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A further adverse consequence of allowing torture in some cases is the impact it would have upon the judicial system. Just as the corners of a triangle tell us all there is to know about its shape, so extreme cases help us read our moral compass.
This intuition may help you decide but, even after integrating the moral relevance of family, it still violates the deontological constraint of treating torture as a universal moral wrong: after all, your intuition might be quite different if the "bastard" were your son and the captive girl the past killer of your daughter.
These arguments lead me to believe that torture is unjustifiable, even in extreme cases. It is beyond dispute that an ethical code that advises us to lie to the dying child can be sound.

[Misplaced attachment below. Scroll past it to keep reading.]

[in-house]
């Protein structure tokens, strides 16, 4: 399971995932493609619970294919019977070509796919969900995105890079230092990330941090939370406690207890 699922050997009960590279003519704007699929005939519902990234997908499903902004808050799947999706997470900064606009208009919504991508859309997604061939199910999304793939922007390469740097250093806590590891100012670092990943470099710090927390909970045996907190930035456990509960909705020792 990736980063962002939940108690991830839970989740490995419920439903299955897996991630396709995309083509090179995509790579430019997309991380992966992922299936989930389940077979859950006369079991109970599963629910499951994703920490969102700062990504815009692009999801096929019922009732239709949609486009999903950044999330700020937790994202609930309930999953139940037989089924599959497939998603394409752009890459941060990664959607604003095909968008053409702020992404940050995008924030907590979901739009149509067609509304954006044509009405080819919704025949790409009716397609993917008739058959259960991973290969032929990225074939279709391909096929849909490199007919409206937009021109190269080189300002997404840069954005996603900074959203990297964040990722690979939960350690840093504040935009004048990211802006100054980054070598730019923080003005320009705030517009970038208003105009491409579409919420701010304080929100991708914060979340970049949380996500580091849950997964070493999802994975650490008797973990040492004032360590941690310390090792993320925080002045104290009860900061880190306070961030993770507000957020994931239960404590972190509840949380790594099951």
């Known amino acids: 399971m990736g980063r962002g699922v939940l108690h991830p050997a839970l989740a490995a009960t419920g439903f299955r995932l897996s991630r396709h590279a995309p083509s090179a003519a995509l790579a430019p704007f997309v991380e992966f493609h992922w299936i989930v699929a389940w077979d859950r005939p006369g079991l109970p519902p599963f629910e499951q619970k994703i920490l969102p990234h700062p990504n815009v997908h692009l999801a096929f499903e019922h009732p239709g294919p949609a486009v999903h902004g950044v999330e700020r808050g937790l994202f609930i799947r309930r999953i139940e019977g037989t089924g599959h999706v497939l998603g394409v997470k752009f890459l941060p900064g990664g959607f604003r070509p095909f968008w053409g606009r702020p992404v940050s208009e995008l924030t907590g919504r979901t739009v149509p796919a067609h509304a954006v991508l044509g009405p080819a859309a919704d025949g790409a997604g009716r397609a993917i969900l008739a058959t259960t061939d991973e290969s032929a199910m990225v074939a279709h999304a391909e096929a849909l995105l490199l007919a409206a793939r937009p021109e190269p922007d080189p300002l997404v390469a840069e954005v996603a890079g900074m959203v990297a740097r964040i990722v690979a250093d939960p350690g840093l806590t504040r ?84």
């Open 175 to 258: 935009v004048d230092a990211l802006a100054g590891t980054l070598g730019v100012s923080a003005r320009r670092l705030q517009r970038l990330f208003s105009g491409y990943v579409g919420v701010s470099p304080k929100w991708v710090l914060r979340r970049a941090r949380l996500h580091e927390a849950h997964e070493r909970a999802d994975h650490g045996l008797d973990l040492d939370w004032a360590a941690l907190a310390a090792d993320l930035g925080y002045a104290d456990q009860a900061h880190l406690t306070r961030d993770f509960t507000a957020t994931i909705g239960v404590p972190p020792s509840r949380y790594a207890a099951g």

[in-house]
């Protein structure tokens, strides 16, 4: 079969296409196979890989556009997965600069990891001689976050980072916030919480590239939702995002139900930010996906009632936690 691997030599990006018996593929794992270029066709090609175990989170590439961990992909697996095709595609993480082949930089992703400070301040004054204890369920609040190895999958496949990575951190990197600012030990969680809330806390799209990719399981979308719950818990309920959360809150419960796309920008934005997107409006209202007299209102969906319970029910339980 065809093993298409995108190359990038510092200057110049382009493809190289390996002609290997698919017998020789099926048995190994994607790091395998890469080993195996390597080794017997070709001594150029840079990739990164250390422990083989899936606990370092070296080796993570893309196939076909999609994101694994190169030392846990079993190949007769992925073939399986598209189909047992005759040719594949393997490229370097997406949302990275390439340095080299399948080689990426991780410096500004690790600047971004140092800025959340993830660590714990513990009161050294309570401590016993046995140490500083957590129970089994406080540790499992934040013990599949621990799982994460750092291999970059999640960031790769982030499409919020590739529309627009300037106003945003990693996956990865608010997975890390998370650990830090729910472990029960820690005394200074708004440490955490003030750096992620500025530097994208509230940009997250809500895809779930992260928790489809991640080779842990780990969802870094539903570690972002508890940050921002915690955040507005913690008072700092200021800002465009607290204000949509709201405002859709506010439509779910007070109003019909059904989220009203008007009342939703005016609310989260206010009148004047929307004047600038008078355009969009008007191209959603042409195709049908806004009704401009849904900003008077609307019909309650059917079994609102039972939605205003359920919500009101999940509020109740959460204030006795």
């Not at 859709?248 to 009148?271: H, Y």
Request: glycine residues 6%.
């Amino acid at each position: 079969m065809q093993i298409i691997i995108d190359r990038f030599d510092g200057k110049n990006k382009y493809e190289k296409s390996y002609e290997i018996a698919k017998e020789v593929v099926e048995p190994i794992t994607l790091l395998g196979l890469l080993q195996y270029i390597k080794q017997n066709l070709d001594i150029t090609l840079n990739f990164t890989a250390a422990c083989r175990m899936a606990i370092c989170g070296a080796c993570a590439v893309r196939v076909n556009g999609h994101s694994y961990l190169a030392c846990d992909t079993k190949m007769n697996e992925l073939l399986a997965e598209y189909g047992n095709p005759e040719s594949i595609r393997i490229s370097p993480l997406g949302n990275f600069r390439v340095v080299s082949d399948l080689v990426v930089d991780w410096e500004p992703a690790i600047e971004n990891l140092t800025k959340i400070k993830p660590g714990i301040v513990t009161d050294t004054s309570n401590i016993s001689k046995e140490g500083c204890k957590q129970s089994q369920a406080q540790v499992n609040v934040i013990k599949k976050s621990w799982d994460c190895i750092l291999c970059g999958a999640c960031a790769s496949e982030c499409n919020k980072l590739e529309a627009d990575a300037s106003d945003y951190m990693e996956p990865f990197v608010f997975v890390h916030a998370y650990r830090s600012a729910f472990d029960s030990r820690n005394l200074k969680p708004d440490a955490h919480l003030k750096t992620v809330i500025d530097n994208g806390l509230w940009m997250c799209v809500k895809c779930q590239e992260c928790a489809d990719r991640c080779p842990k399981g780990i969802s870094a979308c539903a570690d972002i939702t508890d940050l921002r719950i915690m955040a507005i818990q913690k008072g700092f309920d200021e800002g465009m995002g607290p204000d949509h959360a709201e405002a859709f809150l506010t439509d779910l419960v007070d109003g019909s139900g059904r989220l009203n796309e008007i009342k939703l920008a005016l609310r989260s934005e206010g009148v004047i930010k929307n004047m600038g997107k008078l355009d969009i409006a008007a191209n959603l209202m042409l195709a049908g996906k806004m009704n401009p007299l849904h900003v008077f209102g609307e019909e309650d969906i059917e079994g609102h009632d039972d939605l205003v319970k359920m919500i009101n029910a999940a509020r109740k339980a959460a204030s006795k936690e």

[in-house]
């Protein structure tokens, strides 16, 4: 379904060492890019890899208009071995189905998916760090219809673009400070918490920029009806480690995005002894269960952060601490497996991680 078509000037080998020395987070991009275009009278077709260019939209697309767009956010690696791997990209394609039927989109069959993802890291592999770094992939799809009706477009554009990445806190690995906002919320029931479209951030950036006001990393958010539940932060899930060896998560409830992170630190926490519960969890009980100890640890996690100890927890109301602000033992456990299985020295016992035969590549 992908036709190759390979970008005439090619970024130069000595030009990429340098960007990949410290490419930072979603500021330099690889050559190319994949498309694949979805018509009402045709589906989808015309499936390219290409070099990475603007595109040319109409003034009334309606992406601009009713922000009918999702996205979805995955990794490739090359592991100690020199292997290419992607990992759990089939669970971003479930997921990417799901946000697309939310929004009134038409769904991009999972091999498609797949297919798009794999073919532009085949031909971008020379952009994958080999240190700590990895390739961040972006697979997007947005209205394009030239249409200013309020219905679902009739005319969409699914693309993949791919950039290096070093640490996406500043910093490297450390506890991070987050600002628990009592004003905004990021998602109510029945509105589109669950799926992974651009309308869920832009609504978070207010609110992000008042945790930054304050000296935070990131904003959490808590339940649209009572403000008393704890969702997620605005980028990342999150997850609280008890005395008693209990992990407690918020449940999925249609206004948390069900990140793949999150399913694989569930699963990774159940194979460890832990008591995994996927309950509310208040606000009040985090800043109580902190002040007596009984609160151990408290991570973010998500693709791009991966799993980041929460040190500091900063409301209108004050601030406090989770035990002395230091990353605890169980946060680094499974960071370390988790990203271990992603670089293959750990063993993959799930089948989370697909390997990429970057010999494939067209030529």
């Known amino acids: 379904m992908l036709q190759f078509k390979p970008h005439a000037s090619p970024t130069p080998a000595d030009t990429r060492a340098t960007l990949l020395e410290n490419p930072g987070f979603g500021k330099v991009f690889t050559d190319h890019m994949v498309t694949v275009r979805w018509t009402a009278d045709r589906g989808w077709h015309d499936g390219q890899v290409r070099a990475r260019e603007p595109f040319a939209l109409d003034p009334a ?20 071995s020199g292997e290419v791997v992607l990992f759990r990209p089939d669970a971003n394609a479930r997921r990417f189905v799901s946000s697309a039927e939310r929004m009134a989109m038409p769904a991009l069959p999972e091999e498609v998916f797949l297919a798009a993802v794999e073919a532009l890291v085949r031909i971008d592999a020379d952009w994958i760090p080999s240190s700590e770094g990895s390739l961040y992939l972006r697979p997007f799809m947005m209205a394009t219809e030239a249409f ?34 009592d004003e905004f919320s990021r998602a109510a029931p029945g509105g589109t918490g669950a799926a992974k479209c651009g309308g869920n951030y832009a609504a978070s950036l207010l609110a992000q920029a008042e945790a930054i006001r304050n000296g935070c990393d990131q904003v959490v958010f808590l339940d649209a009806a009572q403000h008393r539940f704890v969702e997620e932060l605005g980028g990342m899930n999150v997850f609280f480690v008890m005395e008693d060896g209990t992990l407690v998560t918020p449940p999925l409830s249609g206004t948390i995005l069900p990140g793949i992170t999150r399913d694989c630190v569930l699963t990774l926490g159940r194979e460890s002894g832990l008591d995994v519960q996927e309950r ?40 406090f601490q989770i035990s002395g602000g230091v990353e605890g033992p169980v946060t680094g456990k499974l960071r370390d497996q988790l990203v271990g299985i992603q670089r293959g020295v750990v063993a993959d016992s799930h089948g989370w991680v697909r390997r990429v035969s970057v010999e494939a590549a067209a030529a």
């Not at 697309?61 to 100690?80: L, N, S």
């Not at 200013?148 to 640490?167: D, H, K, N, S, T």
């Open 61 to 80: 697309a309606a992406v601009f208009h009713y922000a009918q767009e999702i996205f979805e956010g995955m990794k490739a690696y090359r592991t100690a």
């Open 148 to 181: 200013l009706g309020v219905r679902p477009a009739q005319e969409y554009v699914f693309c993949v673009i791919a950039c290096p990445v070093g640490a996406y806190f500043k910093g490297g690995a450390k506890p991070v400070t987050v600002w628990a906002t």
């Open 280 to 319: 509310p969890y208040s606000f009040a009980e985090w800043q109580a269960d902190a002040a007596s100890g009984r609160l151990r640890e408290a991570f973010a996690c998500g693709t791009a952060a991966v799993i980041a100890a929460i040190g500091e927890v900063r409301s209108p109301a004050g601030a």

We have lots of happy customers from all over the world, including the UK! The kidnapping story is identical except in one key aspect: the temptation of a code. It stems from a confusion between morals and ethical codes, ie, between moral principles and the decision processes by which we make moral choices.
Torture is defined as the intentional use of pain or abuse to gain an advantage over an individual. If, indeed, our only choice is between two acts that are immoral, these two rules alone won't tell us what to do. In particular, the assumption that torture will produce accurate information is deeply flawed as it can provide no measure for truth and cannot distinguish the guilty from the innocent.
Sophie is given a choice: to kill one of her two children or have both of them killed. My rejection of an ethical code appeals to an existentialist intuition. After explaining the scenario and the deontological and consequentialist approaches to it, I will discuss its flaws.